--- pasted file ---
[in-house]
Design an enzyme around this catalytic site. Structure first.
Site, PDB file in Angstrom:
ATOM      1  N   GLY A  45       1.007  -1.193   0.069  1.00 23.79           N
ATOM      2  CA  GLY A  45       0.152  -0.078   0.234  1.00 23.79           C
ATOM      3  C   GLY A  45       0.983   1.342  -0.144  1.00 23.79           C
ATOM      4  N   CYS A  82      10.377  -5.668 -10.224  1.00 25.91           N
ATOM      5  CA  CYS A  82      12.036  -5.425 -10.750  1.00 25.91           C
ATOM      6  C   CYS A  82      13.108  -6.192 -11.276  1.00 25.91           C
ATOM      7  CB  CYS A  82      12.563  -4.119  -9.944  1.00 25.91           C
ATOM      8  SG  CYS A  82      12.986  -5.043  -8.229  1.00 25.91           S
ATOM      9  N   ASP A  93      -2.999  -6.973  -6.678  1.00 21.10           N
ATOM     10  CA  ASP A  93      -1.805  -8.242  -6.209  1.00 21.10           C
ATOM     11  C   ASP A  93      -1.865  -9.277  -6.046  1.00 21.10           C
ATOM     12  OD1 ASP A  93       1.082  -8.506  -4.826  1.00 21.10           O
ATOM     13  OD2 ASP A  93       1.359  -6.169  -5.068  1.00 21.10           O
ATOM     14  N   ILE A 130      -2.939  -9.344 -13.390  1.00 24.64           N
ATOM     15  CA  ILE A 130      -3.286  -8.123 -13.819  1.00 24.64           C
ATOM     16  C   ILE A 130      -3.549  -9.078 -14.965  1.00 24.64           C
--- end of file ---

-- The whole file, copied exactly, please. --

[in-house]
Design an enzyme around this catalytic site. Structure first.
Site, PDB file in Angstrom:
ATOM      1  N   GLY A  45       1.007  -1.193   0.069  1.00 23.79           N
ATOM      2  CA  GLY A  45       0.152  -0.078   0.234  1.00 23.79           C
ATOM      3  C   GLY A  45       0.983   1.342  -0.144  1.00 23.79           C
ATOM      4  N   CYS A  82      10.377  -5.668 -10.224  1.00 25.91           N
ATOM      5  CA  CYS A  82      12.036  -5.425 -10.750  1.00 25.91           C
ATOM      6  C   CYS A  82      13.108  -6.192 -11.276  1.00 25.91           C
ATOM      7  CB  CYS A  82      12.563  -4.119  -9.944  1.00 25.91           C
ATOM      8  SG  CYS A  82      12.986  -5.043  -8.229  1.00 25.91           S
ATOM      9  N   ASP A  93      -2.999  -6.973  -6.678  1.00 21.10           N
ATOM     10  CA  ASP A  93      -1.805  -8.242  -6.209  1.00 21.10           C
ATOM     11  C   ASP A  93      -1.865  -9.277  -6.046  1.00 21.10           C
ATOM     12  OD1 ASP A  93       1.082  -8.506  -4.826  1.00 21.10           O
ATOM     13  OD2 ASP A  93       1.359  -6.169  -5.068  1.00 21.10           O
ATOM     14  N   ILE A 130      -2.939  -9.344 -13.390  1.00 24.64           N
ATOM     15  CA  ILE A 130      -3.286  -8.123 -13.819  1.00 24.64           C
ATOM     16  C   ILE A 130      -3.549  -9.078 -14.965  1.00 24.64           C